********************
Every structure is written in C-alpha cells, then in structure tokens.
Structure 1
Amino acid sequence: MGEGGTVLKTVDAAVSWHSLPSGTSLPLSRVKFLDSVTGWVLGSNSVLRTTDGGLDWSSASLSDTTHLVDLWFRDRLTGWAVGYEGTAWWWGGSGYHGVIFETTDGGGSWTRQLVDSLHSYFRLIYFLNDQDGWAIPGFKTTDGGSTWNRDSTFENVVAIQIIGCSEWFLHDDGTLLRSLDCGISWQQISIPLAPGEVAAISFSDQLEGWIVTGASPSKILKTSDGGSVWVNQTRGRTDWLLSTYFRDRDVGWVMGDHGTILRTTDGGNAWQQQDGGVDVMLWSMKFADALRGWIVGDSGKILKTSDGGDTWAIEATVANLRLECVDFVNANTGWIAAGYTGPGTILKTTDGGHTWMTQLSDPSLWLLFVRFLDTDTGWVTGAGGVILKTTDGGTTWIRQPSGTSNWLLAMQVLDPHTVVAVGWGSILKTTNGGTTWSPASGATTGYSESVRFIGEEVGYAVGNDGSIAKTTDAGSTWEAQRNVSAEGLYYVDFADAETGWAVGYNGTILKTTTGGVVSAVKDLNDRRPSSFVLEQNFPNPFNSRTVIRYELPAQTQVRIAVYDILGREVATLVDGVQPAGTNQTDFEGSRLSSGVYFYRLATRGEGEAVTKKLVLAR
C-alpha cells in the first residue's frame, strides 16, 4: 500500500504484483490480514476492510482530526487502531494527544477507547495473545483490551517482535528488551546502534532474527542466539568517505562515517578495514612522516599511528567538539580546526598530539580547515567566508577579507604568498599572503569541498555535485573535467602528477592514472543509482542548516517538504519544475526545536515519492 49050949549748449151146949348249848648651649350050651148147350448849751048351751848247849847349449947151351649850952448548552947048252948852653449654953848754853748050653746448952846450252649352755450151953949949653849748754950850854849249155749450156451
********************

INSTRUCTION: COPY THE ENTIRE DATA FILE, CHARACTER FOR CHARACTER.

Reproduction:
Every structure is written in C-alpha cells, then in structure tokens.
Structure 1
Amino acid sequence: MGEGGTVLKTVDAAVSWHSLPSGTSLPLSRVKFLDSVTGWVLGSNSVLRTTDGGLDWSSASLSDTTHLVDLWFRDRLTGWAVGYEGTAWWWGGSGYHGVIFETTDGGGSWTRQLVDSLHSYFRLIYFLNDQDGWAIPGFKTTDGGSTWNRDSTFENVVAIQIIGCSEWFLHDDGTLLRSLDCGISWQQISIPLAPGEVAAISFSDQLEGWIVTGASPSKILKTSDGGSVWVNQTRGRTDWLLSTYFRDRDVGWVMGDHGTILRTTDGGNAWQQQDGGVDVMLWSMKFADALRGWIVGDSGKILKTSDGGDTWAIEATVANLRLECVDFVNANTGWIAAGYTGPGTILKTTDGGHTWMTQLSDPSLWLLFVRFLDTDTGWVTGAGGVILKTTDGGTTWIRQPSGTSNWLLAMQVLDPHTVVAVGWGSILKTTNGGTTWSPASGATTGYSESVRFIGEEVGYAVGNDGSIAKTTDAGSTWEAQRNVSAEGLYYVDFADAETGWAVGYNGTILKTTTGGVVSAVKDLNDRRPSSFVLEQNFPNPFNSRTVIRYELPAQTQVRIAVYDILGREVATLVDGVQPAGTNQTDFEGSRLSSGVYFYRLATRGEGEAVTKKLVLAR
C-alpha cells in the first residue's frame, strides 16, 4: 500500500504484483490480514476492510482530526487502531494527544477507547495473545483490551517482535528488551546502534532474527542466539568517505562515517578495514612522516599511528567538539580546526598530539580547515567566508577579507604568498599572503569541498555535485573535467602528477592514472543509482542548516517538504519544475526545536515519492 49050949549748449151146949348249848648651649350050651148147350448849751048351751848247849847349449947151351649850952448548552947048252948852653449654953848754853748050653746448952846450252649352755450151953949949653849748754950850854849249155749450156451